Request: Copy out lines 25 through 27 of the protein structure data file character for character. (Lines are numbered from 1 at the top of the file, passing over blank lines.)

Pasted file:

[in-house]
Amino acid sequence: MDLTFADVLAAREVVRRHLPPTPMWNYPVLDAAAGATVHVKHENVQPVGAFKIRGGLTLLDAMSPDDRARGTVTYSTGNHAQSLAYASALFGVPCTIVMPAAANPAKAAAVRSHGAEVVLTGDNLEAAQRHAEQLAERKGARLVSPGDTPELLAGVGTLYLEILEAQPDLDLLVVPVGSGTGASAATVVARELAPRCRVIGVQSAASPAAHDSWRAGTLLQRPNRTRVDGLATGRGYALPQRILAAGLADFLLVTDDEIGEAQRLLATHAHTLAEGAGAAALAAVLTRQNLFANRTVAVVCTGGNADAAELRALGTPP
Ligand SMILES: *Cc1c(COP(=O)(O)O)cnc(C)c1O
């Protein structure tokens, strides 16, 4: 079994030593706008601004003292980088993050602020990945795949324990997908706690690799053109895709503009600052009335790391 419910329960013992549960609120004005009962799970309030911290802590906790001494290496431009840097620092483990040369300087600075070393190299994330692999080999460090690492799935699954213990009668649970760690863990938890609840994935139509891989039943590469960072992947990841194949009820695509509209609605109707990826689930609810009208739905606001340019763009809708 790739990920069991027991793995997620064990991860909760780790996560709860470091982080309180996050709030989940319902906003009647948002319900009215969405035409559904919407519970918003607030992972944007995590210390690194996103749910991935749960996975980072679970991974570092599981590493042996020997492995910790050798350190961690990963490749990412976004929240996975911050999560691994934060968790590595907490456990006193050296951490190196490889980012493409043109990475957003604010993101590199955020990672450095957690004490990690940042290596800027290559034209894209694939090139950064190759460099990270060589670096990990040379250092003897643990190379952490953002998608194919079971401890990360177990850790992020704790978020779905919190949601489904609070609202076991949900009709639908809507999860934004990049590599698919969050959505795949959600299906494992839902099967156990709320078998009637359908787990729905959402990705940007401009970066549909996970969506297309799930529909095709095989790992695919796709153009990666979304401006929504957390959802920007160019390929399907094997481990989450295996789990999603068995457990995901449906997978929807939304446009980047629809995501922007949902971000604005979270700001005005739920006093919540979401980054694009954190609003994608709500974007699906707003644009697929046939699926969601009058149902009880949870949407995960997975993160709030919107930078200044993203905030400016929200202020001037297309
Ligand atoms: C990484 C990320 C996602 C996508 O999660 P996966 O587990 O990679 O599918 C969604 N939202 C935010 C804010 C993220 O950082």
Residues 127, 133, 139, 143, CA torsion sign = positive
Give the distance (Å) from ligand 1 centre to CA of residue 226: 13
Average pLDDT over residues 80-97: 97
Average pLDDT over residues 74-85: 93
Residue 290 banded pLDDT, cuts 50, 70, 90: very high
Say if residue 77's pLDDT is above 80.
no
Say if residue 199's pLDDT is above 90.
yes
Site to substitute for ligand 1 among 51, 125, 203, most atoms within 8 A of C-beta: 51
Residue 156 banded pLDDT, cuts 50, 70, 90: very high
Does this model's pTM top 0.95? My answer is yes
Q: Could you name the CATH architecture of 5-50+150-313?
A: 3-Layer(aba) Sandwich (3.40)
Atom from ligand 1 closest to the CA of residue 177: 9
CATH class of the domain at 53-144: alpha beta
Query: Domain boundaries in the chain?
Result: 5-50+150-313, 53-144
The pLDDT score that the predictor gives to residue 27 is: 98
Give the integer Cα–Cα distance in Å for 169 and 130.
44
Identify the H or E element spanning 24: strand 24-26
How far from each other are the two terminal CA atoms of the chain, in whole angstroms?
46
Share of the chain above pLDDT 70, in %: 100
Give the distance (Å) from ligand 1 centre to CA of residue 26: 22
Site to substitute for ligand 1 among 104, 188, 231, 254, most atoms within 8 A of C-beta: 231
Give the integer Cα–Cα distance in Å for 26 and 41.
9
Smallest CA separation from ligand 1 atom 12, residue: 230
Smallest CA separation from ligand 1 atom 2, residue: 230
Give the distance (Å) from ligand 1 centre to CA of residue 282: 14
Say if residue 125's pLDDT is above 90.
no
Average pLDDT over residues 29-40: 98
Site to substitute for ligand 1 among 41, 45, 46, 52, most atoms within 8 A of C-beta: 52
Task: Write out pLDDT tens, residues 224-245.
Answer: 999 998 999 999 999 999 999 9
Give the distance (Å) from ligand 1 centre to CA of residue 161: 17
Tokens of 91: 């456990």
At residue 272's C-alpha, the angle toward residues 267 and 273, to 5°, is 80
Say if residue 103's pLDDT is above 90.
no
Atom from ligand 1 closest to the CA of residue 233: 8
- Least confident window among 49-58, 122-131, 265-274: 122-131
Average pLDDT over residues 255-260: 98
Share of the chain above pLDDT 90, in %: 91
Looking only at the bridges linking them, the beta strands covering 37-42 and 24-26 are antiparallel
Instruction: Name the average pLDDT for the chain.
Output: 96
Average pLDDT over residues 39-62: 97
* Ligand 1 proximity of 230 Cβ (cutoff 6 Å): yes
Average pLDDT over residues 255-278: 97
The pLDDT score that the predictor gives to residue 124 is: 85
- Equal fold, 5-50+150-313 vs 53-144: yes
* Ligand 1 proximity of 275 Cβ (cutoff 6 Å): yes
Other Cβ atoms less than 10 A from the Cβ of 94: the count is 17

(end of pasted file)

Give the integer Cα–Cα distance in Å for 169 and 130.
44
Identify the H or E element spanning 24: strand 24-26